At Lunacon, both Clarke and Asimov came over and warmly greeted Otto. If you mention Clarke's name now, everyone thinks of 2001 -- but back then, the first title to come to any reader's mind would have been his book Childhood's End. It was fun meeting Clarke; he was very warm and jovial. I liked reading him but thought his novels were a little wooden (if you're thinking what the hell did I know, I'm sure you're right). Distracted as always, I was more interested in staring across the room at Samuel Delaney (then part of my personal trinity along with Roger Zelazny and Michael Moorcock) as Clarke and Binder talked about space stuff (they both did a lot of nonfiction writing on space).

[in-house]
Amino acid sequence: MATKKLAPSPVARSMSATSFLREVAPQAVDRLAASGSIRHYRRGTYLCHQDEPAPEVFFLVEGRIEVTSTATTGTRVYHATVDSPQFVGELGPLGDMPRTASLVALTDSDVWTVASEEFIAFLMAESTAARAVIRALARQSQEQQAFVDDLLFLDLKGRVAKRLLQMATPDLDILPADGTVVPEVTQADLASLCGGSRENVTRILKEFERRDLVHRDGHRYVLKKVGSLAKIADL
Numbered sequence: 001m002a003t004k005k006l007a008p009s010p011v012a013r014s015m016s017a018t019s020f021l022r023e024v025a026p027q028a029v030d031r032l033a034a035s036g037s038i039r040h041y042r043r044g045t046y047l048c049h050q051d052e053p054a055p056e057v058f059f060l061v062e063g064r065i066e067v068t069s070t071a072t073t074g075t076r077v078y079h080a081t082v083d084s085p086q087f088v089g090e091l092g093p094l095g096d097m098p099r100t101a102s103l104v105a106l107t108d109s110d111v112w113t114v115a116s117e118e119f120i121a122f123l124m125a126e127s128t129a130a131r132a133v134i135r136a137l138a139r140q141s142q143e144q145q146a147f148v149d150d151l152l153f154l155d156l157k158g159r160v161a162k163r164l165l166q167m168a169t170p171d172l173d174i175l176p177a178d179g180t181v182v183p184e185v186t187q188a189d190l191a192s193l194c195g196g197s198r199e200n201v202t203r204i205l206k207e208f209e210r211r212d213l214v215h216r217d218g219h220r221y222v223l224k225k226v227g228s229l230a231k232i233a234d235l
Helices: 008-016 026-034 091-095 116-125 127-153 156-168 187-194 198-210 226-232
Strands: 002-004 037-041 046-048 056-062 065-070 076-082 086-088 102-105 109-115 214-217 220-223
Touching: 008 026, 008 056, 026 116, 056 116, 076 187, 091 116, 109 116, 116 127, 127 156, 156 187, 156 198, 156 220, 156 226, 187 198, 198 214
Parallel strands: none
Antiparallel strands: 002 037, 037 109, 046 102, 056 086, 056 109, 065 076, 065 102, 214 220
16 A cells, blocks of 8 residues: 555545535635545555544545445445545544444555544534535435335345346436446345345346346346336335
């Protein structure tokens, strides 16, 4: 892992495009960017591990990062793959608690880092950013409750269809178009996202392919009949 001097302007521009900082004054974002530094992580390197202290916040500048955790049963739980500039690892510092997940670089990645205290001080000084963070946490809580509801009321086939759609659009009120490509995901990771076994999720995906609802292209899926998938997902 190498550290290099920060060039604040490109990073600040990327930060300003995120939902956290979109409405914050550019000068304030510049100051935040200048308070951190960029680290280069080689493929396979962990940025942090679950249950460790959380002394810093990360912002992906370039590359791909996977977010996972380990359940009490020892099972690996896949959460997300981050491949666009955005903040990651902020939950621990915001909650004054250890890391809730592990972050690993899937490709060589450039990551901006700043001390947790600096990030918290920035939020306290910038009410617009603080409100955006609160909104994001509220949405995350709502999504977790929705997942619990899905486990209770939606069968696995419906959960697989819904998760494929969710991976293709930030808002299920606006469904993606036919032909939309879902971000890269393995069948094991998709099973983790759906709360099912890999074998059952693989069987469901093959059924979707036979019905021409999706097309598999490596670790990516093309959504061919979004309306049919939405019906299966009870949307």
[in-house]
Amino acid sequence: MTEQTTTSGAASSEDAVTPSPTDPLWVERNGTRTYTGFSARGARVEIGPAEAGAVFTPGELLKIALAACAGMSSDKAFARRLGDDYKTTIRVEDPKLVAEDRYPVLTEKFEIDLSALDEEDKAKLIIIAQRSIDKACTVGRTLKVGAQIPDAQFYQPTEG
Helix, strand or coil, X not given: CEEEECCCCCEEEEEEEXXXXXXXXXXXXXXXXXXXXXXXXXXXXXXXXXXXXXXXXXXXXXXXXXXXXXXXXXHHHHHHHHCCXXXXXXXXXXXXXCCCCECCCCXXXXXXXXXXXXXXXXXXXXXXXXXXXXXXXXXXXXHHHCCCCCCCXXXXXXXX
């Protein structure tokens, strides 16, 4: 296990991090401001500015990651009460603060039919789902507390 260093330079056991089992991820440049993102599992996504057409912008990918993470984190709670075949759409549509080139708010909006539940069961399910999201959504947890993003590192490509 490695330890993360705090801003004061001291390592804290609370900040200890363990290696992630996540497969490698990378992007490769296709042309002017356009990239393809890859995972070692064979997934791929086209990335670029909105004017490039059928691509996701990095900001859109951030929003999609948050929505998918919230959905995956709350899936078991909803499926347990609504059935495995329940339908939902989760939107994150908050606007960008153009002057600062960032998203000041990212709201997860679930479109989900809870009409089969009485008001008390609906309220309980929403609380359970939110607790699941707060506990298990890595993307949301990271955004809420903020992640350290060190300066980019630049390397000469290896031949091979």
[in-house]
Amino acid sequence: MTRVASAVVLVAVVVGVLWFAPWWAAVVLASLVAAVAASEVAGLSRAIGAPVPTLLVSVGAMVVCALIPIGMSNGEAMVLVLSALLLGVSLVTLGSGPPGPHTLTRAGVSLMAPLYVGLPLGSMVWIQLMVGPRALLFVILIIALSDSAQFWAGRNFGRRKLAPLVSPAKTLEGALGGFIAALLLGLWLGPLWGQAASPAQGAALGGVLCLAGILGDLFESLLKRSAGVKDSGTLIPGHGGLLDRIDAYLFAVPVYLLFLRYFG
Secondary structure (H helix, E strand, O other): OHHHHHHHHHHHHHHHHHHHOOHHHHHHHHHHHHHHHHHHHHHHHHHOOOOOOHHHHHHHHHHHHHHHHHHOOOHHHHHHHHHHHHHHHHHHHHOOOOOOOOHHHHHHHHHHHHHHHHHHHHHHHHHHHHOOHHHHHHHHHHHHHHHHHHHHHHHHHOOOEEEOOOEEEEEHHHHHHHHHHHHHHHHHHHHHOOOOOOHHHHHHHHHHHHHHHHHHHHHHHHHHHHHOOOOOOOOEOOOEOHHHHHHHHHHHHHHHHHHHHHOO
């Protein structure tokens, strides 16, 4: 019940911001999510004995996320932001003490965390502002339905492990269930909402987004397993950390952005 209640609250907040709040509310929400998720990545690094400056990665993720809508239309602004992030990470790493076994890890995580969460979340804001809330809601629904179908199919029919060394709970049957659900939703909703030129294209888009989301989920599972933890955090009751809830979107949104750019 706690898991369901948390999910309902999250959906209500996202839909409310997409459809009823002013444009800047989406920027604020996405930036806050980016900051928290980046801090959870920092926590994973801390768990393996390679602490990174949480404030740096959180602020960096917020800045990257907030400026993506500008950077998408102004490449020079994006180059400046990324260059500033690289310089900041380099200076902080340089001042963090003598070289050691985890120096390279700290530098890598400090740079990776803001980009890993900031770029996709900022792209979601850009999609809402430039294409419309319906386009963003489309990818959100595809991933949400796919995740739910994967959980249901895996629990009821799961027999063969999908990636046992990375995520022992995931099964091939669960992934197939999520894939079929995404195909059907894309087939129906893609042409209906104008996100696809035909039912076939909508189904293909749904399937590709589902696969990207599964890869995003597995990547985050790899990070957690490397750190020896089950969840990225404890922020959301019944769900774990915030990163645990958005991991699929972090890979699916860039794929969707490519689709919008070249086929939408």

During the summer of 1968, I was working at Madison-Felicia, a camp for underprivileged kids in Peekskill, N.Y. (the town where the famous anti-Paul Robeson riot took place over a decade earlier; it hadn't changed much). One day, the senior counselors took our group to the city in a van. We parked and walked over to the old Cinerama theatre. So much of what was happening that volatile summer we were missing in the relative isolation of the camp. 2001 had opened earlier in the spring and had created a big critical hoopla. It was one of those films that some critics who hadn't liked it came around on on subsequent viewings. But weeks at the camp faded our memories of what we had heard about it. The theatre was relatively empty (it was the middle of the afternoon), and our counselors suggested we sit in the fourth row center. Nothing prepared us for the experience of watching this movie, especially the ending, which just ripped our heads off.